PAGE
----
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Functional and Reactive Spring with Reactor and Netflix OSS

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Functional and Reactive Spring with Reactor and Netflix OSS

Reactive programming keeps your flow going, whereas functional programming is easy to reason about. See them in action with Spring and Netflix OSS.

· Java Zone
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Just released, a free O’Reilly book on Reactive Microsystems: The Evolution of Microservices at Scale. Brought to you in partnership with Lightbend.

Reactive programming is a programming paradigm that deals with a stream of events in a non-blocking and event-driven fashion. Exceptions are considered first-class citizens and are treated as events to avoid breaking the flow of events. 

Functional programming, on the other hand, enables you to write declarative code that is composable and easy to reason about. 

Project Reactor is an implementation of the Reactive Streams specification. It helps in writing an event stream execution model by utilizing features from both reactive and functional programming paradigms. You built the execution model to specify how events will be processed in the form of a data flow pipeline, utilizing numerous operators like transformation, merge, filter, and window, etc. Being the implementation of Reactive Streams, backpressure handling is at the heart of Reactor to avoid overwhelming both the source and destination. The table below shows the two major reactive types provided by Project Reactor and its comparison with other frameworks.

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This article exploits the possibility of developing a functional and reactive application using Spring Web ReactiveProject Reactor and Spring Cloud Netflix. The key features that are used from Spring Cloud Netflix are Service Discovery (Eureka), Circuit Breaker (Hystrix), and Client Side Load Balancing (Ribbon).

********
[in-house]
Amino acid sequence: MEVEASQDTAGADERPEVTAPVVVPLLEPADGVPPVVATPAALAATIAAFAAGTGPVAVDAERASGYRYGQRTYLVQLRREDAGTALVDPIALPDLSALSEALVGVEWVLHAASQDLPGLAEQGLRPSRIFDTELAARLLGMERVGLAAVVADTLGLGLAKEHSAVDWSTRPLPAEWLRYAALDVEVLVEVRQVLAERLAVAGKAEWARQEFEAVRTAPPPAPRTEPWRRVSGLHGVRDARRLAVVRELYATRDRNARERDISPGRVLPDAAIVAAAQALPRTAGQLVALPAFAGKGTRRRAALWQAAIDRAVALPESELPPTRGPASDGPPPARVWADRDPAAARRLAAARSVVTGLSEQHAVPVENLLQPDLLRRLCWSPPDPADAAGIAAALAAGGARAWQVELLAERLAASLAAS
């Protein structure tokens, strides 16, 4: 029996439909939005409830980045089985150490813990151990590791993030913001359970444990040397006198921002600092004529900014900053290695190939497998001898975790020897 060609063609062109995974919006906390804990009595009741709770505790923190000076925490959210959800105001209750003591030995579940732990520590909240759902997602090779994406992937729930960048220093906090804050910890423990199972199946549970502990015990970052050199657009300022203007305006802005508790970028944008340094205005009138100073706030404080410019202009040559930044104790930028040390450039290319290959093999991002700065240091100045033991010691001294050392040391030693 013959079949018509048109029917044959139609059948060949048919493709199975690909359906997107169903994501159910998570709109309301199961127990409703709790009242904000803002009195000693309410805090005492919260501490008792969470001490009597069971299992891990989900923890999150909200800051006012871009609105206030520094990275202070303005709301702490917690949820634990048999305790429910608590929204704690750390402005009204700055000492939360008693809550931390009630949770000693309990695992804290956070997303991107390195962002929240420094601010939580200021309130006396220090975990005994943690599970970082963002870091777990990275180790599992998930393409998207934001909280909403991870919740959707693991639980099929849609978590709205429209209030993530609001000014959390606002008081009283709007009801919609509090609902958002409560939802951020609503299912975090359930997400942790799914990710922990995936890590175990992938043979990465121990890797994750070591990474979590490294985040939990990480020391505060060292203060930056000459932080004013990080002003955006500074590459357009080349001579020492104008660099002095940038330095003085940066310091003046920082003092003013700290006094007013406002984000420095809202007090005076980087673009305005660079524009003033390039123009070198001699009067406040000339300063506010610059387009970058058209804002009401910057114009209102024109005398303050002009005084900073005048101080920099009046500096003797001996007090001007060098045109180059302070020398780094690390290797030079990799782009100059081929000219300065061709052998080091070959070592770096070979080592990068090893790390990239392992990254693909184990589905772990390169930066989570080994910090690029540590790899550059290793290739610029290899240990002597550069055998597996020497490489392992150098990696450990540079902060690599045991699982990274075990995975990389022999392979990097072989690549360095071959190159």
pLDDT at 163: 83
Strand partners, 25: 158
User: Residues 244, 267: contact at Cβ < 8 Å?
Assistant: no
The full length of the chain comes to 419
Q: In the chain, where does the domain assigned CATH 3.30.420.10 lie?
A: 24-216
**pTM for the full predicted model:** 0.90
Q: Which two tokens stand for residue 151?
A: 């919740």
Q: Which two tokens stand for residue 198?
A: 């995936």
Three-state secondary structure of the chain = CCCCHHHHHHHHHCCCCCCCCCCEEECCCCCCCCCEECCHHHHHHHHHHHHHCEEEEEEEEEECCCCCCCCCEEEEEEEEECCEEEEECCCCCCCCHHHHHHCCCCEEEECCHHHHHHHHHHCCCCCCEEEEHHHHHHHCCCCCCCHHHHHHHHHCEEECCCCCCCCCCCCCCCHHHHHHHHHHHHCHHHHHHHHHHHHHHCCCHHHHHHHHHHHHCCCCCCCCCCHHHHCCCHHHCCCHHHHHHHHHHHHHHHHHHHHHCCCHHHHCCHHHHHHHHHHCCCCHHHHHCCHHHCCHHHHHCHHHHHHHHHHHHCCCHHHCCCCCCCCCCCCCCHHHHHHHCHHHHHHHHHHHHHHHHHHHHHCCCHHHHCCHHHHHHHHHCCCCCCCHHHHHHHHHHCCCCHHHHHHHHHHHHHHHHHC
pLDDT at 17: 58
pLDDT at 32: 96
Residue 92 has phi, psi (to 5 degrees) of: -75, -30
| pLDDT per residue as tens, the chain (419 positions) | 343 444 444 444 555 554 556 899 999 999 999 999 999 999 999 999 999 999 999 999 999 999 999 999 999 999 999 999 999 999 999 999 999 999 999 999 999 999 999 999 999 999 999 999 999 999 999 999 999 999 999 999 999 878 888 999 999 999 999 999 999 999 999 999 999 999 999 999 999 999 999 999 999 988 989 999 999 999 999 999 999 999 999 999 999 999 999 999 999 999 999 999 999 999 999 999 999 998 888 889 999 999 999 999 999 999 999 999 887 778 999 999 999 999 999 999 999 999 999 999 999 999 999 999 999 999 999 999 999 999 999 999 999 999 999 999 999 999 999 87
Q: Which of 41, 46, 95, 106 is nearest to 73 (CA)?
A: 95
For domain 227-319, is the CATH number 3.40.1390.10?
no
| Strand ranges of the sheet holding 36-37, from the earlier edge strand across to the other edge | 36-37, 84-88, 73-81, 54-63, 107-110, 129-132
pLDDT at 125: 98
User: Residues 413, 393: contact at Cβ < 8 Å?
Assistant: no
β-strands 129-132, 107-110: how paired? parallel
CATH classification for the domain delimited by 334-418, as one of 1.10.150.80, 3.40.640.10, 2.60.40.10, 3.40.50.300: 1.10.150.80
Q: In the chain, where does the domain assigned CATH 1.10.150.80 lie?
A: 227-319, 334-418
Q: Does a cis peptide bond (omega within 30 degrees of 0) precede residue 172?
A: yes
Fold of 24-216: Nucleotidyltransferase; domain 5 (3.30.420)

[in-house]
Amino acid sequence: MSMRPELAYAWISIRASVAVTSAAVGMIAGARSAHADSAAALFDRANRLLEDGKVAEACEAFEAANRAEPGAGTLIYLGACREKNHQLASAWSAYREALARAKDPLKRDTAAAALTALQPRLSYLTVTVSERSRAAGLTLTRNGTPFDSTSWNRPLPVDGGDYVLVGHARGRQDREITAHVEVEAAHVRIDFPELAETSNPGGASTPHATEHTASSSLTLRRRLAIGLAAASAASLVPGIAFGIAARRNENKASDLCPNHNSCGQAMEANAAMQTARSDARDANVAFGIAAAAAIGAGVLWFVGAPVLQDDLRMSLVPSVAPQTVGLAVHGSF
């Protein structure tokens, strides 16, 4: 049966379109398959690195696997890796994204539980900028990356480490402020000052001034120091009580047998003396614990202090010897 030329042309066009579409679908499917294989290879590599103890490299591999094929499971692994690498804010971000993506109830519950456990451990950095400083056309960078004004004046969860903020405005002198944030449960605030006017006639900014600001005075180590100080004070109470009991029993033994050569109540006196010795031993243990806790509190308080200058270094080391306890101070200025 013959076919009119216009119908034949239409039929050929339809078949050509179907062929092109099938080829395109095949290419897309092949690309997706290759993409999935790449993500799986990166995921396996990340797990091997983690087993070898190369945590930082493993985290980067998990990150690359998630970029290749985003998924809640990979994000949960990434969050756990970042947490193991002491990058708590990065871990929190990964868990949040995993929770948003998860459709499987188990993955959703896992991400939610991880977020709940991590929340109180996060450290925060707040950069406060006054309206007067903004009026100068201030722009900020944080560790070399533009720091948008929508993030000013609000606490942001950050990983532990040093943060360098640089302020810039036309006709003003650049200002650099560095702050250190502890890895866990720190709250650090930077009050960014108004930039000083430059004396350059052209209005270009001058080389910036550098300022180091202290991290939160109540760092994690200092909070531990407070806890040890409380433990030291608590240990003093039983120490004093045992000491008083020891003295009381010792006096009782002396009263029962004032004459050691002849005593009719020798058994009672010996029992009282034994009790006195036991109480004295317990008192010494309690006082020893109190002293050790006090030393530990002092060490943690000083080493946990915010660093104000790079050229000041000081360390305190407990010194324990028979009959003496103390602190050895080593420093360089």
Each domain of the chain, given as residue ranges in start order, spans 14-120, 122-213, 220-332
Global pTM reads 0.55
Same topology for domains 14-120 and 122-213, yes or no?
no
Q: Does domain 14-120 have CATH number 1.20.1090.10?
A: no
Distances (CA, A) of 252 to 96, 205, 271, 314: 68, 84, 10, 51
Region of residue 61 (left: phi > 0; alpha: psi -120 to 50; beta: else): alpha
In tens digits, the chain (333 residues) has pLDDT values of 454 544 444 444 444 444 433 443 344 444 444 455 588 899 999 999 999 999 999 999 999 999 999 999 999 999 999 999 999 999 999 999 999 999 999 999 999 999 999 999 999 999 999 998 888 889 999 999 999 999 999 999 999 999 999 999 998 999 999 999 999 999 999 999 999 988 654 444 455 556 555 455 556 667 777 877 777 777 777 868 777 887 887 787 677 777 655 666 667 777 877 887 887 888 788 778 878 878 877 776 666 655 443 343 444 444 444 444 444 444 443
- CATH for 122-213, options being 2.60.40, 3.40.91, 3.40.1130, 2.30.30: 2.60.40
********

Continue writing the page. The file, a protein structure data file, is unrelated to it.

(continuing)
Designing an application using a reactive stack enable you to gain the maximum benefit of the CPU. Instead of waiting for the blocking operations, application threads keep on entertaining the new requests and react only when the response is ready. That means the general technology stack is no longer applicable to achieve that kind of performance. The blocking operation can be I/O operations or even JSON parsing.

Reactive Loan Broker System

The example application developed for exploration is a revamp of the Loan Broker that I had developed a long while back using Spring Integration. Just to give you a quick overview of the Loan Broker System, it takes loan request from an application and in the response, it returns best available quotation after gathering it from various banks. Below is the high-level microservice architecture diagram of the loan broker system.

System Architecture


The Loan Broker System has the following main components:

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The LoanBrokerHandler receives a client request and dispatches it to ReactiveLoanBrokerAgent to find the best quotation. ReactiveLoanBrokerAgent then collects the endpoints of all the banks from ReactiveServiceLocator provided by Eureka and forwards the request to each bank. That means the system will automatically be able adapt to a new bank addition or removal without any modification. Moreover, if there is more than one instance of the same bank, then they will be load balanced by Ribbon. The code snippet below shows the execution model from LoanBrokerHandler:

private ReactiveLoanBrokerAgent loanBrokerAgent;

public LoanBrokerHandler(ReactiveLoanBrokerAgent reactorLoanBrokerAgent) {
    this.loanBrokerAgent = reactorLoanBrokerAgent;
}

public Mono<ServerResponse> bestQuotation(ServerRequest request) {

    return request.queryParam("loanAmount").map((loanAmountParam) -> Mono.just(loanAmountParam)
            .map(Double::valueOf)
            .then((loanAmount) ->
                    Mono.from( loanBrokerAgent.findBestQuotation(loanAmount))
                            .then((quotation -> isValid(quotation,loanAmount))))
            .flatMap(bestQuotationResponse ->
                    ServerResponse.ok()
                            .body(Mono.just(bestQuotationResponse), BestQuotationResponse.class))
            .switchIfEmpty(Errors.noBankServiceAvailable())
            .onErrorResumeWith(IllegalStateException.class, Errors::mapException)
            .onErrorResumeWith(Errors::unknownException)
            .next()).orElseGet(()->Errors.loanAmountRequired());
}

private Mono<BestQuotationResponse> isValid(BestQuotationResponse quotation,Double loanAmount){
    return quotation.getRequestedLoanAmount().equals(loanAmount) ?
            Mono.just(quotation) : Mono.error(new IllegalStateException("Returned amount does not match with the best offer"));